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The size of the sample then required, however, was ~500cm, which would clearly have resulted in an unacceptable amount of damage, and it was not until the development in the 1970s of small gas-counters and accelerator-mass-spectrometry techniques (AMS), requiring samples of only a few square centimetres, that radiocarbon dating of the shroud became a real possibility. The shroud was separated from the backing cloth along its bottom left-hand edge and a strip (~10 mm x 70 mm) was cut from just above the place where a sample was previously removed in 1973 for examination.
The company claims the new technology has significant potential for patients who were previously considered to be risky dental-implant candidates because of poor bone quality due to osteoporosis or cancer treatments that weaken bone strength.
Magdent boss Elad Yakobson explained: ‘All dental implants use titanium screws, and many companies have tried to accelerate osseointegration by changing the shape of the screw, but the differences are minor.‘Ours is the first innovation that lets the doctor actively influence the healing process.
The MED creates stimulation from microelectronics inside the healing abutment and can help people whose jawbone was not considered good enough to take an implant.’ But by using electromagnetic transmitters in the end of the screw, the new implant procedure can speed up the integration process by between 40 and 70 per cent, according to its originators (file photo)In addition to shortening the integration process and improving the quality of the bone by up to 40 per cent, MED may prove helpful in preventing or treating peri-implantitis, an infection that can occur around the dental implant after the procedure, as electromagnetic stimulation helps to kill bacteria.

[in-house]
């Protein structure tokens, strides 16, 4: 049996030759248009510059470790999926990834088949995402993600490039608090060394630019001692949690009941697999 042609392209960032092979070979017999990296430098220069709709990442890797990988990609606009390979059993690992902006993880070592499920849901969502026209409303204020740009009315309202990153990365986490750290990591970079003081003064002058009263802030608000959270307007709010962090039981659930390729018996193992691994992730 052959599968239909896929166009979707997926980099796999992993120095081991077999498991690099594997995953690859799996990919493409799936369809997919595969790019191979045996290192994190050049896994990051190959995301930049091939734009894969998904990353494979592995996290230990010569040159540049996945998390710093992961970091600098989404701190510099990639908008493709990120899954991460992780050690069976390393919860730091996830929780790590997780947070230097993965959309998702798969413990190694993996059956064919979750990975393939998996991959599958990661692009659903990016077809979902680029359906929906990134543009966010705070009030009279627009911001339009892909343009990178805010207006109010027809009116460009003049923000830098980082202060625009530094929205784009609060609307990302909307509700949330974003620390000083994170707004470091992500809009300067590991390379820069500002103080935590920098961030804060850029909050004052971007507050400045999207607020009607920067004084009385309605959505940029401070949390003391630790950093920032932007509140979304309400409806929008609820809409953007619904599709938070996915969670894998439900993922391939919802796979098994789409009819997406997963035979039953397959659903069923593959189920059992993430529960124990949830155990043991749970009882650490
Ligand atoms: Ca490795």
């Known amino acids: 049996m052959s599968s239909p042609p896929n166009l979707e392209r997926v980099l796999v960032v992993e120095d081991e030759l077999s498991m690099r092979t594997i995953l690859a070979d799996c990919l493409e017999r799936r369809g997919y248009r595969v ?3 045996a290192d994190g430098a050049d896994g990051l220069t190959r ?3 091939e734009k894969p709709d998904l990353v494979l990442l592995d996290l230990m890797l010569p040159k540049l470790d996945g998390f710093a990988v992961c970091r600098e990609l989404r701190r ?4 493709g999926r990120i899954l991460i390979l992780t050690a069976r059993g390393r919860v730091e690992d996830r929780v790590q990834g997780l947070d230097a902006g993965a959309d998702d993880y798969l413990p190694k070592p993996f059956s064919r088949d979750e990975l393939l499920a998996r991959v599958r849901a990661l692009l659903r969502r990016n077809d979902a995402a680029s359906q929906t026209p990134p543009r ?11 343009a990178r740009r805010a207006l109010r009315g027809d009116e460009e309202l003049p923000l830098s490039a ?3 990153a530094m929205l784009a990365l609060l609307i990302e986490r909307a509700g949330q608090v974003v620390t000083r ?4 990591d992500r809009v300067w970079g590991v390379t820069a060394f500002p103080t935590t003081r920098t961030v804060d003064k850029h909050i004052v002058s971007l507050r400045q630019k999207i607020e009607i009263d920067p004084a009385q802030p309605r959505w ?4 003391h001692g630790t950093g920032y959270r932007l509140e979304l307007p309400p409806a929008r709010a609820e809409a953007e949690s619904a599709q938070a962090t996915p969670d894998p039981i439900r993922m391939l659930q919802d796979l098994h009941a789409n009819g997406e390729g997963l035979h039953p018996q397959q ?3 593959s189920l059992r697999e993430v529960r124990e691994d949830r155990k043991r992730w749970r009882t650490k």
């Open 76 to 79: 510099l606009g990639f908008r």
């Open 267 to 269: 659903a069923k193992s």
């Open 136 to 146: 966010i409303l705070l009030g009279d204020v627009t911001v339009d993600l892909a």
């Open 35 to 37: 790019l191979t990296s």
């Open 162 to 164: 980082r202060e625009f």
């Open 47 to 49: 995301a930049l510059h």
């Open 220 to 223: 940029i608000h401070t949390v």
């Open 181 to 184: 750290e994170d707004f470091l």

1 - Department of Geosciences, 2 - Department of Physics, University of Arizona, Tucson, Arizona 85721, USA 3 - Research Laboratory for Archaeology and History of Art, University of Oxford, Oxford, OX1 3QJ, UK 4 - Institut für Mittelenergiephysik, ETH-Hönggerberg, CH-8093 Zürich, Switzerland 5 - Lamont-Doherty Geological Observatory, Columbia University, Palisades, New York 10964, USA 6 - Research Laboratory, British Museum, London WC1B 3DG, UK Very small samples from the Shroud of Turin have been dated by accelerator mass spectrometry in laboratories at Arizona, Oxford and Zurich.
After many journeys the shroud was finally brought to Turin in 1578 where, in 1694, it was placed in the royal chapel of Turin Cathedral in a specially designed shrine.
Photography of the shroud by Secondo Pia in 1898 indicated that the image resembled a photographic 'negative' and represents the first modern study.
Subsequently the shroud was made available for scientific examination, first in 19 by a committee appointed by Cardinal Michele Pellegrino .
Even for the first investigation, there was a possibility of using radiocarbon dating to determine the age of the linen from which the shroud was woven.
As Controls, three samples whose ages had been determined independently were also dated.
The results provide conclusive evidence that the linen of the Shroud of Turin is mediaeval.
The Shroud of Turin , which many people believe was used to wrap Christ's body, bears detailed front and back images of a man who appears to have suffered whipping and crucifixion.
It was first displayed at Lirey in France in the 1350s and subsequently passed into the hands of the Dukes of Savoy.